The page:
Be Quiet to Listen
When loving my neighbors through asking questions to learn, I’m hold my thoughts and letting the new information sink in. I step into that posture of humility and allow what I hear to sit for a bit, though my impulse may be to jump in with solutions, opinions, and comebacks.
When someone is listening well, it conveys to the one speaking that they are the most important focus for the moment. Here’s what I’ve noticed about listening as I’ve embarked on this journey:
Listening requires our time. We can’t rush through the process with someone. We may be tempted to skip to the conclusion, the punch line, the moral of the story. But listening means being with someone as long as they need to talk.
Listening requires our attention. We’ve all experienced someone looking over our shoulder at a party when we’re having a conversation, seeing who else they might talk to. Eye contact and putting the phone away lets a person know we’re hearing what they’re saying.
Listening requires focus. We really can’t be hearing what another person is saying if we’re already thinking of our response. Resist being distracted by thoughts of what you could or should say.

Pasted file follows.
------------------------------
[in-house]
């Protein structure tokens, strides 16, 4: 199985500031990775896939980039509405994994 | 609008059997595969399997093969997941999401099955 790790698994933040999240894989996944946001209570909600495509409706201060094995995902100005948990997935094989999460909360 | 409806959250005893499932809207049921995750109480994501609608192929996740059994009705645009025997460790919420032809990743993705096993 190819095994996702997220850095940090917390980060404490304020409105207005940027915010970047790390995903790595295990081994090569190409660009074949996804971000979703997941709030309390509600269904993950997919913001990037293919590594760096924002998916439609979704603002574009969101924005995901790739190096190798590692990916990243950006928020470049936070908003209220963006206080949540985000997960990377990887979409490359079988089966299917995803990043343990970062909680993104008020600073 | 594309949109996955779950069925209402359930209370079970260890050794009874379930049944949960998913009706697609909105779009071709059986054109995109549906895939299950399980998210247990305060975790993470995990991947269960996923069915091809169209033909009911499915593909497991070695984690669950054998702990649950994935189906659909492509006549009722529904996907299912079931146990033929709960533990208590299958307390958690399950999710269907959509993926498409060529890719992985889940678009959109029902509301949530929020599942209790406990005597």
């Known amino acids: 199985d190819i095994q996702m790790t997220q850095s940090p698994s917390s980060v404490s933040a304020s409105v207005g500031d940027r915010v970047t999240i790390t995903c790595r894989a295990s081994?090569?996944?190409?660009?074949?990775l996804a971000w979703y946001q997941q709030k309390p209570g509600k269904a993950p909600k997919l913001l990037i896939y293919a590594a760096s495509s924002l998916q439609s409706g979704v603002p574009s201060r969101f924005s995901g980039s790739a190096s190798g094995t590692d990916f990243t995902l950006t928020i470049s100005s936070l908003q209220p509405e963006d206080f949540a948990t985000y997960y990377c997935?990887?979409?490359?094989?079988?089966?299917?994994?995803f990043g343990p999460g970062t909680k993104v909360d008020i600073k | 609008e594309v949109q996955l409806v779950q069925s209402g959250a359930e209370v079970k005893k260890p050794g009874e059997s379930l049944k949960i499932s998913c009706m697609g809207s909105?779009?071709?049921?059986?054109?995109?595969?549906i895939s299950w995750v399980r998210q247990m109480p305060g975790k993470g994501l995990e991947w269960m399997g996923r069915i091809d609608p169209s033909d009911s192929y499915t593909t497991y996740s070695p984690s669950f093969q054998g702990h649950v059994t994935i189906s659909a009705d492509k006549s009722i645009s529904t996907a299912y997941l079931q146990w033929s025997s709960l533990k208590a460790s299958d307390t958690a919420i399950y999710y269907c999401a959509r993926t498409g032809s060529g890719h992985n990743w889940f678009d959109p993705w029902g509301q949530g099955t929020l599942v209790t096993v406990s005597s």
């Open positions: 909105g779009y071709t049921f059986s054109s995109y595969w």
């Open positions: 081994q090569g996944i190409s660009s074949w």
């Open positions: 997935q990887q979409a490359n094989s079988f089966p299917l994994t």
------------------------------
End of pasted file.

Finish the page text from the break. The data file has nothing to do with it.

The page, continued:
Listening requires quiet. We must shut our mouths and give our neighbor the floor. Getting quiet is sometimes the most difficult, disciplined step of listening. We really must practice being quiet when we’re alone, before we can tackle it with the people right in front of us. Active listening means settling in and waiting to hear, whether we are waiting to give the person more space to complete a thought, or waiting to make space for the Holy Spirit to speak.
When we talk with our neighbors and are quiet to listen to their answers and observe the details of their lives, we find common ground. But when we allow enough space for quiet, we also find what I call “uncommon ground.” We get to what is different about us, which can begin to get us out of our comfort zones. What feels different catches our attention because it is less familiar, perhaps even intimidating. We can see these differences with more clarity when we are quiet enough to listen.
When has someone listened to you well? What did they do or not do that indicated you were getting their full attention?